PharmaCare has launched an environmental initiative, pledging commitment to the environment through recycling, packaging changes and other green initiatives. Critics argue that PharmaCare’s environmental initiative reflects hypocrisy, as the company also lobbies against environmental laws and regulations, including the extension of the Superfund tax that was created by the Comprehensive Environmental Response, Compensation and Liability Act (CERLA).
It is important to distinguish between the two activities of the company. PharmaCare’s environmental initiative definitely merits credit, as it reflects the company’s initiative to be responsible to the environment and to have a lighter environmental footprint.
At the same time, PharmaCare’s opposition to the extension of the Superfund tax cannot be underscored as an action that qualifies it as environmentally irresponsible. The Superfund tax, created to clean up the environment of chemical sites that have no current responsible owners, effectively penalizes current companies for the misdeeds of past wrongdoers, and makes current companies globally uncompetitive (ACC, 2016). Therefore, it would be in the interest of PharmaCare to avoid a liability of the past. At the same time, it is reiterating its commitment to the environment through its current green initiative.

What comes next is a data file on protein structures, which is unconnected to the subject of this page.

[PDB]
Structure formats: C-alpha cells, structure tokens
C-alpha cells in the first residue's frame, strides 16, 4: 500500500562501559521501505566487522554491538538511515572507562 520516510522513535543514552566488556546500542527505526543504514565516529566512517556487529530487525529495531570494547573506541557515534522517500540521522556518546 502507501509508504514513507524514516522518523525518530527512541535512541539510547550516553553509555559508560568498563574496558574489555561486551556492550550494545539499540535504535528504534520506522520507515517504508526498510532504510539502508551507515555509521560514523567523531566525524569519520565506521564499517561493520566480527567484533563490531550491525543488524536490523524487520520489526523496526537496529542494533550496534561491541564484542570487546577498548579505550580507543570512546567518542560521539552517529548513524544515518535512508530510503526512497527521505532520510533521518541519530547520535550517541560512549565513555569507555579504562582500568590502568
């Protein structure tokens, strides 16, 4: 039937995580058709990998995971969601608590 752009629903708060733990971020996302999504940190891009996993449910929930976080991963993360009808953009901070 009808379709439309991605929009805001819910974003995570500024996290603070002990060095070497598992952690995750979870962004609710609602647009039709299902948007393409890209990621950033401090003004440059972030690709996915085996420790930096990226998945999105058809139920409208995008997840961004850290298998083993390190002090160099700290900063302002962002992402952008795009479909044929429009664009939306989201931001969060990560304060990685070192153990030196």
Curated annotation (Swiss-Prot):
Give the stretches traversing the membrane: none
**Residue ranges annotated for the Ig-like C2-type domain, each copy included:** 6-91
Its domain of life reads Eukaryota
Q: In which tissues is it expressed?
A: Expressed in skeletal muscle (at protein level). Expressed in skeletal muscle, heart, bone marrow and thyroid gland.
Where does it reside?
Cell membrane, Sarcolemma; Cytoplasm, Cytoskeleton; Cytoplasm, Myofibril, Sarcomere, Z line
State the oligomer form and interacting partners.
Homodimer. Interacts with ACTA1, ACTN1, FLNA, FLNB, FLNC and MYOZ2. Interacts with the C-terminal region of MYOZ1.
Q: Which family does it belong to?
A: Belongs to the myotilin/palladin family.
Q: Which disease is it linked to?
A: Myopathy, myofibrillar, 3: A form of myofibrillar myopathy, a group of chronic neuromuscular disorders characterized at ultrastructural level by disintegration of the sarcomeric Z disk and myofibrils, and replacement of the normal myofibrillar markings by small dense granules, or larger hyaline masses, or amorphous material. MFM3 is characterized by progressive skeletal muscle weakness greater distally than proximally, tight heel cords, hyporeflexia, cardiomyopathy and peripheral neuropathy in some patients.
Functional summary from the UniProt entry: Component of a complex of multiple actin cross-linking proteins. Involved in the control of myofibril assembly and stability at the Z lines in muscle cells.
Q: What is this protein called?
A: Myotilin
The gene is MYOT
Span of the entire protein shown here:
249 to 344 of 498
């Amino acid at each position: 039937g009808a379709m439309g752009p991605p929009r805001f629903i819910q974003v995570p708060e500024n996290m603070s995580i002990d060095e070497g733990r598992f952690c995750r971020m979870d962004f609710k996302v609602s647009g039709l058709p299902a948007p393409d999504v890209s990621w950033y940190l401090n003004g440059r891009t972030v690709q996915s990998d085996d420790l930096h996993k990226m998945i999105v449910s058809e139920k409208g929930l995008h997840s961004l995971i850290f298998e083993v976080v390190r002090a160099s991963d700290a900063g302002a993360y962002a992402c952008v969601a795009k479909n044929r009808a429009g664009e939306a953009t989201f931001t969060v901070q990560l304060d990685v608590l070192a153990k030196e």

Given the fact that PharmaCare is a commercial entity with responsibilities to its shareholders, its stance to remain environmentally responsible, while at the same time avoiding past liabilities of unknown entities, should be applauded as an instance of a company that is responsible both to the environment as well as to its shareholders.
Analysis Through Ethical Theories